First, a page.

|Year : 2013 | Volume
| Issue : 2 | Page : 123-125
Opercular syndrome: A case report and review
Soaham Dilip Desai1, Dipen Patel2, Sheela Bharani2, Nikhil Kharod2
1 Department of Neuromedicine, Shree Krishna Hospital, Pramukhswami Medical College, Karamsad, Gujarat, India
2 Department of Pediatrics, Shree Krishna Hospital, Pramukhswami Medical College, Karamsad, Gujarat, India
|Date of Web Publication||7-Sep-2013|
Soaham Dilip Desai
Consultant Neurologist, Room 114, Specialty Clinic, Shree Krishna Hospital, Gujarat
Source of Support: None, Conflict of Interest: None
| Abstract|| |
We present a 9-year-old boy with history of perinatal asphyxia and neonatal seizures; who presented with delayed development of speech, with predominant dysarthria, dysphagia, and drooling of saliva and unable to protrude tongue along with delayed motor and mental milestones. He had complex partial seizures since last 3 years requiring multiple anti-epileptic drugs. He had dysarthria, nasal twang, and drooling of saliva with difficulty in chewing and swallowing. Hearing and understanding were normal. Bilateral trigemino-facio-linguo-pharyngeal palsy was noticed on voluntary movements with normal jaw jerk with preserved automatic and emotional motor movements. Electroencephalography revealed focal left fronto-temporal epileptiform discharges and brain imaging was suggestive of bilateral cortical and subcortical region encephalomalacia, predominantly involving bilateral opercular region. The clinical and neuroimaging features correspond to bilateral opercular syndrome which could have resulted from the perinatal insult in this case.
Keywords: Dysarthria, dysphagia, opercular syndrome, seizures
|How to cite this article:|
Desai SD, Patel D, Bharani S, Kharod N. Opercular syndrome: A case report and review
. J Pediatr Neurosci 2013;8:123-5
| Introduction|| |
The 'Opercular syndrome', also known as Foix-Chavany-Marie syndrome More Details was first reported in 1926, but was described first by Magnus in 1837. , This term is usually used in relation to adults as it refers to damage that is acquired later in life. The developmental form of communication disorder is described as Worster-Drought syndrome.  Controversy exists in the literature regarding the nomenclature of these various developmental and acquired disorders with characteristic clinical presentation, caused by lesions involving the peri-sylvian opercular cortex, which is the area on the motor homunculus responsible for motor control of the face and mouth.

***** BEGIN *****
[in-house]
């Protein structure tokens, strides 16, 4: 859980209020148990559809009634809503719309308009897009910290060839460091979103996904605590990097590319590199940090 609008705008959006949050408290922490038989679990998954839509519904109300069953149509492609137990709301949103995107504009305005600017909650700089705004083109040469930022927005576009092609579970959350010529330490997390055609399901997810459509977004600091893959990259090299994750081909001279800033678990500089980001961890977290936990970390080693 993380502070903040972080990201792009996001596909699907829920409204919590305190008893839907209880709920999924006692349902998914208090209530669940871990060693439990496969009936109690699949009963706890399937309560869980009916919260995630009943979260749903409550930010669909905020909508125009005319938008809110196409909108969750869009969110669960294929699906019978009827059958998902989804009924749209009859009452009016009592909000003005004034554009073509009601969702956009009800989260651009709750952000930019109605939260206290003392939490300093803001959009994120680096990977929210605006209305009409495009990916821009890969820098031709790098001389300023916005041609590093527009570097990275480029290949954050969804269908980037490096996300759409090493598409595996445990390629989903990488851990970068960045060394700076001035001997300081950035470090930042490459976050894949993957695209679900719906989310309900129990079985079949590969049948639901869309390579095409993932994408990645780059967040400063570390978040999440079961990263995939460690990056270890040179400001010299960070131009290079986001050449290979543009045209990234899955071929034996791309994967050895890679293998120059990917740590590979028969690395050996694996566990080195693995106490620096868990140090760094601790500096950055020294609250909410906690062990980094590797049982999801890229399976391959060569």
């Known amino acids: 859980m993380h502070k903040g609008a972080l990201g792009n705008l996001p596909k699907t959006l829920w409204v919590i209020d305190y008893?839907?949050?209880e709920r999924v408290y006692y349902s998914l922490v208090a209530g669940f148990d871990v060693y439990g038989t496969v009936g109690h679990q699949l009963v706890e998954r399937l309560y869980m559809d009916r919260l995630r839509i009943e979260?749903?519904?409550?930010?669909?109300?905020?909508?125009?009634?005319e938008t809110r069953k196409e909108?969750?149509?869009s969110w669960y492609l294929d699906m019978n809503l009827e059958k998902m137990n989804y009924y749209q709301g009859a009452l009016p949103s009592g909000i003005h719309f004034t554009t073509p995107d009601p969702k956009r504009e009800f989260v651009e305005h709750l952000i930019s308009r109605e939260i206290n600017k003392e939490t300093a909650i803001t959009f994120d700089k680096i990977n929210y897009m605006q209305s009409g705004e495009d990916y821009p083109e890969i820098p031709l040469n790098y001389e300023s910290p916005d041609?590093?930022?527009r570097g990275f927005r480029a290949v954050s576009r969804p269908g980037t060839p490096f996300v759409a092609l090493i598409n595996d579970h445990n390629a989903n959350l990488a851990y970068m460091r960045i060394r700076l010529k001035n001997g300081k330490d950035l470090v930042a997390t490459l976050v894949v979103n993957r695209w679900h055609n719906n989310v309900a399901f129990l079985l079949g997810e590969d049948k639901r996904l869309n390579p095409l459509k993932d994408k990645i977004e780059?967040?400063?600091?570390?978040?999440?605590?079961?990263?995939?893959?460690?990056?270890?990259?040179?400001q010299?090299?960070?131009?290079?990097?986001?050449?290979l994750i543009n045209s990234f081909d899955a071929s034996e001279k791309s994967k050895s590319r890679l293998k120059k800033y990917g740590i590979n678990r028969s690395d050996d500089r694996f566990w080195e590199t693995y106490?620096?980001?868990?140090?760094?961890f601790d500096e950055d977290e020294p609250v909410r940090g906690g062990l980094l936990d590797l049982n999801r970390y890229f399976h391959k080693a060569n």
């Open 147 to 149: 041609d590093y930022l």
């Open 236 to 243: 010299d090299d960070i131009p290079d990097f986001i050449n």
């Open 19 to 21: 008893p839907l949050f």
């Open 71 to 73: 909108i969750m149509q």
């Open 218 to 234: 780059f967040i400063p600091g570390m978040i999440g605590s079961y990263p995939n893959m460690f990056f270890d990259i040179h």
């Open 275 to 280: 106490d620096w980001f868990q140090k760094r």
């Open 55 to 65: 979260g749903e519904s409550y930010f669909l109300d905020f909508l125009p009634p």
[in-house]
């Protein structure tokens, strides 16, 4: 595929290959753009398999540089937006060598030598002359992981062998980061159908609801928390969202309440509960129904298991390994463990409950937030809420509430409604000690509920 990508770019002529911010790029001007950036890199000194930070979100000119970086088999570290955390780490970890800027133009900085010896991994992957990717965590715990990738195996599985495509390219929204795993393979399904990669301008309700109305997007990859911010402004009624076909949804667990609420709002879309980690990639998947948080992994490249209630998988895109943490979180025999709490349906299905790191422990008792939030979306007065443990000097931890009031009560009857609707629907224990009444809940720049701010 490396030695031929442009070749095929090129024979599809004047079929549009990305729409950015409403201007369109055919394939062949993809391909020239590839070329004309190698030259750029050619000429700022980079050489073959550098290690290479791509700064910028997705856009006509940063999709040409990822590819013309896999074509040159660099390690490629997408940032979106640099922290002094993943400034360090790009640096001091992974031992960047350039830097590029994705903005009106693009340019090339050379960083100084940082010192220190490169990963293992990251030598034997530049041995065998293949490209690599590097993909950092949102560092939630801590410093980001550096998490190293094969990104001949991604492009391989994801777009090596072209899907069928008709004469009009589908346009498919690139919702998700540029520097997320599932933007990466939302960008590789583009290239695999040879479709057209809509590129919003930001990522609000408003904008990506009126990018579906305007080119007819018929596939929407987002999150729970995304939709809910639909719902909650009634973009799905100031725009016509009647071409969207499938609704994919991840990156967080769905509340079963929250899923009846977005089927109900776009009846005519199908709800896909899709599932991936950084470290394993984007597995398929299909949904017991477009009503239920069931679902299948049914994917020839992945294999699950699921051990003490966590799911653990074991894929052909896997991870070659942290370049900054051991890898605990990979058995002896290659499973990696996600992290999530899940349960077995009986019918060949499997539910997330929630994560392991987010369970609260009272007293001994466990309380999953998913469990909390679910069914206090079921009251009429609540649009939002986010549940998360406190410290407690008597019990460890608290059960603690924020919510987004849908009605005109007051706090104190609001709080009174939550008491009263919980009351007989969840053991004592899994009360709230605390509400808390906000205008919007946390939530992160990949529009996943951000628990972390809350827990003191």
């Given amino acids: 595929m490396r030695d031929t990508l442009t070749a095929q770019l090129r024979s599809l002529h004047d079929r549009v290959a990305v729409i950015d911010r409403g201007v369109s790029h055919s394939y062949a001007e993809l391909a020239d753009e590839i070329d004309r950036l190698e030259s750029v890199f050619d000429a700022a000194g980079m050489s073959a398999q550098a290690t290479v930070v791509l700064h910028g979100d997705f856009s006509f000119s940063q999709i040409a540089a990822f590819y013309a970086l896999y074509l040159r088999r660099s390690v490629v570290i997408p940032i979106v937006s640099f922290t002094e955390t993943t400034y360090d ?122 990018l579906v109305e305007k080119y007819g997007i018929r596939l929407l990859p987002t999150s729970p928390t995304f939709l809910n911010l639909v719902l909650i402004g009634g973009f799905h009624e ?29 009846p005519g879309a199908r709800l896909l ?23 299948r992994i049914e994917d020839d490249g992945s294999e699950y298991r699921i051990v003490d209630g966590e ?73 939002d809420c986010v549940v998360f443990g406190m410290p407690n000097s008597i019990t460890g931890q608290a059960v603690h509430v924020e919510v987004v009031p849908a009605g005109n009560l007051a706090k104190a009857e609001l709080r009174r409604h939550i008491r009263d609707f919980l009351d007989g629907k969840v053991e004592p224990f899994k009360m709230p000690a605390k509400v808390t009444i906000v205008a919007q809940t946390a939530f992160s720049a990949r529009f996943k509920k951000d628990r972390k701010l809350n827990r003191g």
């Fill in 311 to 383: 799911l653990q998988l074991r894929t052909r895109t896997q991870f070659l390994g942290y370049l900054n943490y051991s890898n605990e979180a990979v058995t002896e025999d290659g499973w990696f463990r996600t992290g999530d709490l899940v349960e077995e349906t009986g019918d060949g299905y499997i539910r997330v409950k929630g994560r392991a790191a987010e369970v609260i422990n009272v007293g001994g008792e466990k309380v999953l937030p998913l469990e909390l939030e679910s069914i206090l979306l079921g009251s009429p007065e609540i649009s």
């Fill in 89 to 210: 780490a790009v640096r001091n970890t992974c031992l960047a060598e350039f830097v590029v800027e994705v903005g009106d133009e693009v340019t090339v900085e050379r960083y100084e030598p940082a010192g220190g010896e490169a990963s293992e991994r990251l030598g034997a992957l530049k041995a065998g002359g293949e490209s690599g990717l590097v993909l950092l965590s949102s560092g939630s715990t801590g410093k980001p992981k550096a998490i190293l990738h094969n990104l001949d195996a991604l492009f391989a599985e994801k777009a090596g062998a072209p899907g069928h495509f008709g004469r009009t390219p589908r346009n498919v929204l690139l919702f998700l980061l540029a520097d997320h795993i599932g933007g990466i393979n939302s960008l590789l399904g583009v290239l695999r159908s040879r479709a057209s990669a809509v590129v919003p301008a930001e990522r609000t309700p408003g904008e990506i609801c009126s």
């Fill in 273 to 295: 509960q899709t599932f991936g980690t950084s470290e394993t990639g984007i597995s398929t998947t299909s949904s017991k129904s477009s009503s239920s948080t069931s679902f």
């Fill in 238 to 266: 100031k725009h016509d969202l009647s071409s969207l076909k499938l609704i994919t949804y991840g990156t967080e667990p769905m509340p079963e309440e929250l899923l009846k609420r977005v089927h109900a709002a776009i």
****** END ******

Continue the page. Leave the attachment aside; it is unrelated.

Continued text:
| Case Report|| |
A 9-year-old male presented with unclear and slurred speech, drooling of saliva and inability to protrude tongue and difficulty swallowing since early childhood. He was born with emergency caesarean section (due to fetal distress) and birth weight was 2.5 kg. He developed seizures at 6 hours of life due to perinatal asphyxia, for which he was admitted in neonatal intensive care unit for a week. He had motor and cognitive delay with involvement of speech domain greater than social and motor domain. At the age of 6 years; he developed seizures which were brief, tonic-clonic, involving right side of body with loss of consciousness. Seizures were poorly controlled on multiple anti-epileptic drugs regimen consisting of sodium valproate, lamotrigine, and clobazam. He had no history of trauma, surgery. Family history was not significant.
He had dysarthria with nasal twang in voice, mouth half open and not able to close volitionally. He was unable to bring out the tongue beyond lower incisor. Hearing and understanding were normal. There was no tongue tie or any structural defect of tongue. Bilateral trigemino-facio-linguo-pharyngeal palsy was noticed on volitional control but automatic and emotional motor movements were well preserved. He was able to blink, close his eyes completely while sleeping, and move the jaw and facial muscles with spontaneous emotional responses like laughing or crying. There was no wasting or fasciculations of the tongue. There was hypertonia in all four limbs and deep tendon reflexes were exaggerated with normal jaw jerk along with extensor bilateral plantars. Electroencephalography (EEG) findings consisted of focal left fronto-temporal epileptiform discharges and magnetic resonance imaging (MRI) brain revealed bilateral fronto-temporal and parietal cortical and subcortical region encephalomalacia, with involvement of opercular region [Figure 1]. Induced sleep EEG did not reveal any continuous spike and wave discharges as seen in Continuous Spike and Wave discharges in Sleep (CSWS) or Landau-Kleffner syndrome (LKS).
|Figure 1: (a) Axial CT scan (b) axial T1 MRI (c) axial T2 MRI (d) FLAIR coronal MRI images showing bilateral fronto-temporal and parietal cortical (left > right) and subcortical (right > left) region encephalomalacia, with predominant involvement of anterior frontal opercular region|